New FAQ entries


We have several new FAQs filled out:

Please give them a read and see what makes sense or doesn’t. If you see anything you’d like changed please file a PR against the website.

These were created by @AndrewBrinker, maintainer of all things FAQ. Thanks @AndrewBrinker.


Reading the “How can I write a function that accepts both &str and String?” What I have been doing when I just need a slice is just declaring the method with &str:

fn foo(s : &str) {
println!("{}", s);

And then just pass the reference to the string:

fn main() {

How does that compare with the AsRef method?

I’m also not quite clear on when exactly I should use Into and Cow. Is there some performance overhead I avoid with the Cow version?


The answers to “Why do Rust programs use more memory than C?” are mostly answers to “Why are Rust programs larger than C?” The only answer that mentions “memory” is in the standard library…all the rest refer to binary size. So maybe the question should be changed?


Preincrement and postincrement (and the decrement equivalents), while
convenient, are also fairly complex. They require knowledge of
evaluation order, and often lead to subtle bugs and undefined behavior
in C and C++. x = x + 1 or x += 1 is only slightly longer, but unambiguous.<

In my opinion the ++ and – operators are OK if they are used only postfix and they return void or (). See the Go language FAQ ( ):

Why are ++ and – statements and not expressions? And why postfix, not prefix?

Without pointer arithmetic, the convenience value of pre- and postfix
increment operators drops. By removing them from the expression
hierarchy altogether, expression syntax is simplified and the messy
issues around order of evaluation of ++ and –
(consider f(i++) and p[i] = q[++i])
are eliminated as well. The simplification is
significant. As for postfix vs. prefix, either would work fine but
the postfix version is more traditional; insistence on prefix arose
with the STL, a library for a language whose name contains, ironically, a
postfix increment.



AsRef<str> is considered better style, I believe. A user could define a new type, implement AsRef<str> for that type, and then pass the type to any function with an AsRef<str> bound.

An alternative is to implement Deref<target=str> for the type, which would then allow the compiler to coerce a reference to the type into a reference to str (which is the behavior you’re using in the example provided). With this, you can pass a reference to your type to a function expecting a &str, and things will work as expected.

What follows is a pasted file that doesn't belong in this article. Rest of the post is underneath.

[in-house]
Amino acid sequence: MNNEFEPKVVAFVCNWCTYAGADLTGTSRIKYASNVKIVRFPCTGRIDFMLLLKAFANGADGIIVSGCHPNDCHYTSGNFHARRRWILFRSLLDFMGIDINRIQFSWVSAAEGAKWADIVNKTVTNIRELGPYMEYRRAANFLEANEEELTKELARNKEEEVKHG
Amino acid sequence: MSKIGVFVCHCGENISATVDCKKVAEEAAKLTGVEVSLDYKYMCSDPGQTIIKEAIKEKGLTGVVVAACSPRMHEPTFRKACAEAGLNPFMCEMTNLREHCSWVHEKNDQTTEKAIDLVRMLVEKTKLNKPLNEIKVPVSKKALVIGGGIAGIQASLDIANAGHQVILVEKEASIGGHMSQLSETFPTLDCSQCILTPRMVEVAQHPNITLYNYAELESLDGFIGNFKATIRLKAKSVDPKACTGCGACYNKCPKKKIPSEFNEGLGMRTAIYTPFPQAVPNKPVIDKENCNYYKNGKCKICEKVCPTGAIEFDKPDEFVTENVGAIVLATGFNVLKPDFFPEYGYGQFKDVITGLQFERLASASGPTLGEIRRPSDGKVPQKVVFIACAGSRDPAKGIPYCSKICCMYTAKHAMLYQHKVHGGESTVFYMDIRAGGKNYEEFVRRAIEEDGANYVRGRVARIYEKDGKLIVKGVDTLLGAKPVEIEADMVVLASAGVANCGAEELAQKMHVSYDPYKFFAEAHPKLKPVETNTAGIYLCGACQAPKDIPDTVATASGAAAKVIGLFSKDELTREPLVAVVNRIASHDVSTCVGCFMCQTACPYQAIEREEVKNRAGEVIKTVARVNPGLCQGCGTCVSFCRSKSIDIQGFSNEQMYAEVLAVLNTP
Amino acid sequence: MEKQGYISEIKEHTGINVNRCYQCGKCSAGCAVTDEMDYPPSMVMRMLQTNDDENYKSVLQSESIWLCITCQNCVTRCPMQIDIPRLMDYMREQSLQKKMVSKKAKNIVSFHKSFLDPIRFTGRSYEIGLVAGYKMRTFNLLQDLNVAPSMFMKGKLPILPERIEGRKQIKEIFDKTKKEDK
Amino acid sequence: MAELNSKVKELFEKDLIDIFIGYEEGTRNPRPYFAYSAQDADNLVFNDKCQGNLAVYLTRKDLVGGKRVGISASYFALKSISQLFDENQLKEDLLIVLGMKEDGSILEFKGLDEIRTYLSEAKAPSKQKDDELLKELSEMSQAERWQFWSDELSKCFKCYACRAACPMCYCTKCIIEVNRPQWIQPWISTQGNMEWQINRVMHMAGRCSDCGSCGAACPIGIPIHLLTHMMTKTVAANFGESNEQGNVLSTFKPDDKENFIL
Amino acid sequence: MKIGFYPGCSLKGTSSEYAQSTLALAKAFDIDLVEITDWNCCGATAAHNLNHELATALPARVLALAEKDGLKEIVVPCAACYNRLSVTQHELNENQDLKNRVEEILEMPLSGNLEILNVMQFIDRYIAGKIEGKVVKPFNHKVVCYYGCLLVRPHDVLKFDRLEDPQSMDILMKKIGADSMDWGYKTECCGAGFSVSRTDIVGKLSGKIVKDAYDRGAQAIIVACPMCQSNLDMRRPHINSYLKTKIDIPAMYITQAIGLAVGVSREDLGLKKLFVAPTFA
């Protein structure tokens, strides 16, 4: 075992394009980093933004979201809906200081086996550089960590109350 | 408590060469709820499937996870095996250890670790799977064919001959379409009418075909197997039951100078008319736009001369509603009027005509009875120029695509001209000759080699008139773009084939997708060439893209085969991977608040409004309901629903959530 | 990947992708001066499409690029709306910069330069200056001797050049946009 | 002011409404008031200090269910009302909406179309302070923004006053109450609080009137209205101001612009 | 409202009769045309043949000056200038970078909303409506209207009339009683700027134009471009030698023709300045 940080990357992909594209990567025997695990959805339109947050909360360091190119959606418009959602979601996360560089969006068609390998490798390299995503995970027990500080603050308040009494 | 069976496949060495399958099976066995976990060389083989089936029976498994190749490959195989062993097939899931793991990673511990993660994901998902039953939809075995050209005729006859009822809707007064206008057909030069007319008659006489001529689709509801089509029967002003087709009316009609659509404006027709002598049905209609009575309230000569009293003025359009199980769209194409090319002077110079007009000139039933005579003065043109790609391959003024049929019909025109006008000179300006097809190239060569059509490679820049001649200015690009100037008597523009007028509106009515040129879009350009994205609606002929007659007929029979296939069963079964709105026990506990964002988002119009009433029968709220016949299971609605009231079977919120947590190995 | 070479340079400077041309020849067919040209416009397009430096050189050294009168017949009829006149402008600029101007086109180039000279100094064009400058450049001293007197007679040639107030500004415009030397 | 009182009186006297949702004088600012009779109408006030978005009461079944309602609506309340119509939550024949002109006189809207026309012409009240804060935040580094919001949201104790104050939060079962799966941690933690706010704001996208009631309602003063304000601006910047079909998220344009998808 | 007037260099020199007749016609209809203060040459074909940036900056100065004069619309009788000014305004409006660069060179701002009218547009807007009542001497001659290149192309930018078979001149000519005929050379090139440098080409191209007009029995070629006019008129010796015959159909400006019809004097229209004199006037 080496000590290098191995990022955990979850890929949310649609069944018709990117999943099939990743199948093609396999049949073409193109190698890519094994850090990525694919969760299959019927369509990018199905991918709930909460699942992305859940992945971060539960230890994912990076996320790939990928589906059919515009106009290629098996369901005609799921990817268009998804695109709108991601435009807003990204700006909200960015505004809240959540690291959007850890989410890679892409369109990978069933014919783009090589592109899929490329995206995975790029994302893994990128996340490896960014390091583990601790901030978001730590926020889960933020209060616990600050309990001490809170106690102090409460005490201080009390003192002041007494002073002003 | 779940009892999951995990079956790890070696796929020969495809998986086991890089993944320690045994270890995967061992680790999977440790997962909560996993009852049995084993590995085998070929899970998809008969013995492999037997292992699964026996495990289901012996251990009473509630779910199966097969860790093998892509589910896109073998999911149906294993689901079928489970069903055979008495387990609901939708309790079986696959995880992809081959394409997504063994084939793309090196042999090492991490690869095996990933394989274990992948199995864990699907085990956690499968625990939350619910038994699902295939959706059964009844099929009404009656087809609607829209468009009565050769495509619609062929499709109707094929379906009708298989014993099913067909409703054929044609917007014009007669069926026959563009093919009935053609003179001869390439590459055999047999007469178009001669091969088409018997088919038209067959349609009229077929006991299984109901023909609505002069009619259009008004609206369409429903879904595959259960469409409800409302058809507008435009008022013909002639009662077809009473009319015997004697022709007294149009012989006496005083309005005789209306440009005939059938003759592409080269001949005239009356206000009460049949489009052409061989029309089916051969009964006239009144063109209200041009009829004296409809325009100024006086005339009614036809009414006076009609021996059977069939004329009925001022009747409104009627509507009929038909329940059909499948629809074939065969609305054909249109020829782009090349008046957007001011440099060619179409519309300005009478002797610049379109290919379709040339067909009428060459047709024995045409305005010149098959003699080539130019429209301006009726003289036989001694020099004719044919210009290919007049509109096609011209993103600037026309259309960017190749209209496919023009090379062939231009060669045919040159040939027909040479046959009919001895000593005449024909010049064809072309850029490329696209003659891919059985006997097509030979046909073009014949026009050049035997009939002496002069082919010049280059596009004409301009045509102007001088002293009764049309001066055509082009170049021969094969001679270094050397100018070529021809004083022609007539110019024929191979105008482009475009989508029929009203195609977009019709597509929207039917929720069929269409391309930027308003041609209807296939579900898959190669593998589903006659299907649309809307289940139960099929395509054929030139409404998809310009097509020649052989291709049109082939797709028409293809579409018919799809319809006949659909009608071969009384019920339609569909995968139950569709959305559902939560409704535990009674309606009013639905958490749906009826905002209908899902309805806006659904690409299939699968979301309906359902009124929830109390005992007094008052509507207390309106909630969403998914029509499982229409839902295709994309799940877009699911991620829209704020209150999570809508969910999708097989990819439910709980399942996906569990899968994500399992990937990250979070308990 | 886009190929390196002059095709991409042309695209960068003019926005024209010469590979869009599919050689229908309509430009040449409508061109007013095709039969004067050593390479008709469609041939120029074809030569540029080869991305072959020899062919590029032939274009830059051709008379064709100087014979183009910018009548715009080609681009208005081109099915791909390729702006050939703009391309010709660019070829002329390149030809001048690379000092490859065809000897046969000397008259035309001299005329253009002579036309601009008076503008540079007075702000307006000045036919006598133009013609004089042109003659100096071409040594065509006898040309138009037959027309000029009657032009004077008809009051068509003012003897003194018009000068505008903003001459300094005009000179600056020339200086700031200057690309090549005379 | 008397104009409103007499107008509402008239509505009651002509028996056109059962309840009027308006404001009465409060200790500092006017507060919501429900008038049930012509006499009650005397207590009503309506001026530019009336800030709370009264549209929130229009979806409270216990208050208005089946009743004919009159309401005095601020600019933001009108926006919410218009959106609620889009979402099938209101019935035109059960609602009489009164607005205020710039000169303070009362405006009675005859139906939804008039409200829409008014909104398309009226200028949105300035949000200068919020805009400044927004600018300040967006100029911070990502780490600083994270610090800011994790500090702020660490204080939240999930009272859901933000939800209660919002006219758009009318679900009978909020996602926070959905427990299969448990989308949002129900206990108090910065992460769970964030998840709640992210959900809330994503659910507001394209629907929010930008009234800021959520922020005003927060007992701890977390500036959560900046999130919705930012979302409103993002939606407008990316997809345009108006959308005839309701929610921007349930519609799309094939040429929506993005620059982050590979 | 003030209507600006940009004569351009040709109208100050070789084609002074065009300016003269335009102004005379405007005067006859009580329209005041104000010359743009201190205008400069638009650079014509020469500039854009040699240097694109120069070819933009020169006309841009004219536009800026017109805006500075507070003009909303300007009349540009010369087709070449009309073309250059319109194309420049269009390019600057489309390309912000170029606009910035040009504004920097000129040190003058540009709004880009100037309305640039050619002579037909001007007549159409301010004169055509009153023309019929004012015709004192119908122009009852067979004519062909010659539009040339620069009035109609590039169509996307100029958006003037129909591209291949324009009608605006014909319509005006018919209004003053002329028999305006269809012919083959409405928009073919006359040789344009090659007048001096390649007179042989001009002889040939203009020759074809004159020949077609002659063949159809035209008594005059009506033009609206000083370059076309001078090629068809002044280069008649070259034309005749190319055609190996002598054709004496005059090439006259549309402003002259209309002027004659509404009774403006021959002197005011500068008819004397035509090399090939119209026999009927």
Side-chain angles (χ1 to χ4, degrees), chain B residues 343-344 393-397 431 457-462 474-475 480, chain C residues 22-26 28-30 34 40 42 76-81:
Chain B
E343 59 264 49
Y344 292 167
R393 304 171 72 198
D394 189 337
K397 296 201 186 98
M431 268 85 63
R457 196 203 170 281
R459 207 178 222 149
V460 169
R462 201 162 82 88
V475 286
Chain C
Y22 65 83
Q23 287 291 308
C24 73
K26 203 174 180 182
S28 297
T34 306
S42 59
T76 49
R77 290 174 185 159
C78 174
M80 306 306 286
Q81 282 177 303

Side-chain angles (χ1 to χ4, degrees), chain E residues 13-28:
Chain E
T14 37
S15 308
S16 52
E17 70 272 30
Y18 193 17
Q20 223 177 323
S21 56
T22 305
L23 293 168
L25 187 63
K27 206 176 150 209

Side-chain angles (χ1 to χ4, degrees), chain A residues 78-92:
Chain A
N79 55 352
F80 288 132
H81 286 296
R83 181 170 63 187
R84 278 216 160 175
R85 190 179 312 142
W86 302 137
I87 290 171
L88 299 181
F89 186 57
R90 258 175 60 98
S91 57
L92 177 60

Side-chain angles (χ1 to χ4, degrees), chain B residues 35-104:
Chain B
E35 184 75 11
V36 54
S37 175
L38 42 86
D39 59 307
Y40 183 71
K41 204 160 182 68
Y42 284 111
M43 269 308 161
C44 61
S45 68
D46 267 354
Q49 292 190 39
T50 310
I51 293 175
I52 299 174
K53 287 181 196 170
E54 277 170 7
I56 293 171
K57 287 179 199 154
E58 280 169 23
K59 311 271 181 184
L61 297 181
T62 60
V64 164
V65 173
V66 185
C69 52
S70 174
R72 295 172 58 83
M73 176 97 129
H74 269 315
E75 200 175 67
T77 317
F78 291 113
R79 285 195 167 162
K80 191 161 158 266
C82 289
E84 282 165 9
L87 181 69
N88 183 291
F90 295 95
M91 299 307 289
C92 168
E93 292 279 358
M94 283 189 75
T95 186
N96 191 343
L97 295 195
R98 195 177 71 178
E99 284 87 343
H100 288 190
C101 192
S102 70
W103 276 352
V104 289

Also, you’re probably right about the question wording. I’ll put up a PR to fix it.


If you feel strongly about it, open an RFC (unless there’s already been an RFC. I just did a cursory look and didn’t find one)!


Well, that title makes me sound all fancy. As always, working on the FAQ is great.


I think Go-style ++ and – are a bit useful when you translate C/C++/Java/C#/D code to Rust, to modify less lines of code. It could also be handy to advance enumerated values, as in Ada language.

But I don’t actually need ++ and --, so no need for a RFC. The features I’d (perhaps!) like in Rust are few and more important :slight_smile:


I’m not sure it’s this clear-cut: it’s more complex, for a bit more extensibility.


Good point yeah. Do you want to open a PR?


But if you do that you loose most of the interest of the syntax. The only purpose of this syntax would be to save 2 key strokes. I don’t think it worth having two syntaxes.

It is the same problem than the ternary operator.


I have comments for four of these questions/answers:

  • On feature gates: it’s unclear to me whether this question covers the generic cargo feature capability, or the specific rustc feature feature, and/or how there’s a difference. Might be worth covering either here or near?

  • On the string types to use, the table order and the explanation order are different (exchanging OS strings and C strings). I suggest that it might be better to keep the same order, to prevent confusion in sloppy/busy readers.

  • On what string types to use, this is really great! I wonder if this information is linked clearly enough from the book/reference/by example documentation.

  • On using more memory, I’ll echo the answer from pixel about memory use/binary size. Also, in the section on Monomorphization, I think it might be valuable to reference C++ templates as a similar mechanism. The section titles seem to use Capitals For Every Word for no particularly good reason, and IMO “jemalloc” should be all-lowercase even in the section title.

Sorry for all the nits, hope there’s something useful here! On balance, all of these seem really useful additions.